See para 207 of the Swissbourgh judgment which was cited by the court with approval in Sierra Leone para 15(ii) and 18, but without referring to the Swissbourgh case by name.
 The relevant provision, namely article 28(1) of the protocol read: ‘Disputes between an investor and a State Party concerning an obligation of the latter in relation to an admitted investment of the former, which have not been amicably settled, and after exhausting local remedies shall, after a period of six (6) months from written notification of a claim, be submitted to international arbitration if either party to the dispute so wishes.’
 See Swissbourgh paras 205 to 209.
 See Swissbourgh para 224.
 The litigation was concerned with an arbitration pursuant to article 8 of the Bilateral Investment Treaty between the United Kingdom and Argentina held in Washington DC under the UNCITRAL Arbitration Rules. Argentina sought to challenge the award in favour of BG Group in the US federal courts on the basis that the arbitral tribunal lacked jurisdiction. The judgment was briefly referred to in Sierra Leone para 15(i), but without discussion. Note that the majority in BG Group did not use the term ‘admissibility’ but consistently referred to ‘procedural preconditions’ for the use of arbitration.
 See BBA paras 74 to 79, relying particularly on Swissbourgh and Paulsson (n 6 above) 616-617.
 As in South Africa: See the Prescription Act 68 of 1969 s 10(1).
 See BBA para 80.
 See BTN paras 5, 10, 11 and 33.
 See BTN paras 68-70.
 See BTN para 71.
 See BTN para 72.
 See BTN para 63. The position in South African law is similar. See Parekh v Shah Jehan Cinemas (Pty) Ltd 1980 (1) SA 305 (D) at p. 305F-G.
 On the particular facts, the question of the effect of res judicata had specifically been referred to the tribunal, so there was no basis for arguing that the tribunal lacked jurisdiction. See BTN paras 27 and 33.
 See e.g. Associated Electric & Gas Insurance Services Ltd v European Reinsurance Company of Zurich (Bermuda)  UKPC 11 para 20; N Rawding & K Seeger ‘Aegis v. European Re and the confidentiality of arbitration awards’ (2003) 19 Arbitration International 487. Moreover, the first award is admissible in the second arbitration in the interests of justice, despite the confidentiality of arbitration proceedings in English law. See Emmott v Michael Wilson & Partners Ltd  EWCA Civ 184 para 107.
 See generally Paulsson as quoted in Sierra Leone para 15(ii) and BTN para 70 and the CIArb Practice Guideline article 3.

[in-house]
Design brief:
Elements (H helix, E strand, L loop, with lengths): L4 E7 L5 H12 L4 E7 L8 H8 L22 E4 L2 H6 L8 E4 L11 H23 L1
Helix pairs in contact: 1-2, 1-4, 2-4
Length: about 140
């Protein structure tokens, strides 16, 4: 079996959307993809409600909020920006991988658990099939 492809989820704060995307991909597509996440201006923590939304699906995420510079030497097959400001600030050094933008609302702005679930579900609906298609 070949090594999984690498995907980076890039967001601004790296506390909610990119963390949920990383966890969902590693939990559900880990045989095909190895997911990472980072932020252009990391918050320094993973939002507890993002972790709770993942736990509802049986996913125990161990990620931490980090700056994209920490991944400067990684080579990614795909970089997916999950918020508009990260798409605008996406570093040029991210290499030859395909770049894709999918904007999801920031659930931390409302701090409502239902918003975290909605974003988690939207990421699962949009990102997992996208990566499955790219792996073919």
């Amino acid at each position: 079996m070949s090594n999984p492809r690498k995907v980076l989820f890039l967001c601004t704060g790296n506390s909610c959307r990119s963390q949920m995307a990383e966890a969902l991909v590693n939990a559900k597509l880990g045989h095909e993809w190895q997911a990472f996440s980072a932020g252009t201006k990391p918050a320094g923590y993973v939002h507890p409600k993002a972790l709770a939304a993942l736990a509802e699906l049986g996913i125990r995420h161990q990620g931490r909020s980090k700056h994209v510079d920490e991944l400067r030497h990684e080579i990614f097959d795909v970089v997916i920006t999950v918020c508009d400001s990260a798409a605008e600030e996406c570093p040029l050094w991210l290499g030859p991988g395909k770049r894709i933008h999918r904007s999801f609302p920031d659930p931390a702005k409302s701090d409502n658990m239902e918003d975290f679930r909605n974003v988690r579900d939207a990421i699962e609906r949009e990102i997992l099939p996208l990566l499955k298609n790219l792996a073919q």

Compare the commentary on the CIArb Practice Guideline article 3 at para (d) where it is argued that where the tribunal has to determine the enforceability of a valid arbitration agreement regarding particular disputes, this is a matter of admissibility. This may well be the case concerning the application of preconditions for arbitration or time-bar provisions, but a question regarding the interpretation of the arbitration agreement regarding its scope, i.e. its application to a particular dispute, is rather a matter of jurisdiction. However, arbitration clauses will generally be construed widely, as parties wishing to limit the agreement’s application can easily do so by imposing clearly worded and specific restrictions.
 See Radon para 19. The dispute resolution clause is quoted in Radon para 6.
 Radon paras 22 and 25.
 Article 22(1)(viii) empowers the tribunal ‘to determine that any claim, defence, counterclaim, cross-claim, defence to counterclaim or defence to cross-claim is manifestly outside the jurisdiction of the Arbitral Tribunal, or is inadmissible or manifestly without merit; and where appropriate to issue an order or award to that effect (an “Early Determination”)’ (my emphasis).
 See the Preamble paras 6 to 9 and articles 2 and 3, together with their respective commentaries, which carefully distinguish between the tribunal’s jurisdiction and issues pertaining to admissibility.
 See Sierra Leone para 19.
 See the preamble to the CIArb Practice Guideline para 6.
 The normal meaning of ‘arbitrable’ in South African law refers to the question whether the dispute may be referred by agreement to a private arbitrator, as opposed to one which may only be decided by a state court. See the CIArb Practice Guideline article 1.5. See also Airports Company South Africa Ltd v ISO Leisure OR Tambo (Pty) Ltd 2011 4 SA 642 (GSJ) para 22 at p. 649G-H for an example of an arbitrator raising such concerns.
 See Sierra Leone paras 9 and 16. Although not necessarily understood in this way by some witnesses before the Zondo Commission, a binary question is one which admits only two answers, typically either yes or no.
 See e.g. the Prescription Act 68 of 1969 s 17(1), which states that courts (including arbitral tribunals in the context) should not raise issues regarding extinctive prescription of debts on their own initiative. A defendant may possibly waive its right to rely on the defence.
 See the CIArb Practice Guideline’s commentary on article 1, para 3, comment (a).
 Compare the Association’s Standard Procedure Rules (2018 edition) articles 20-22 and 24.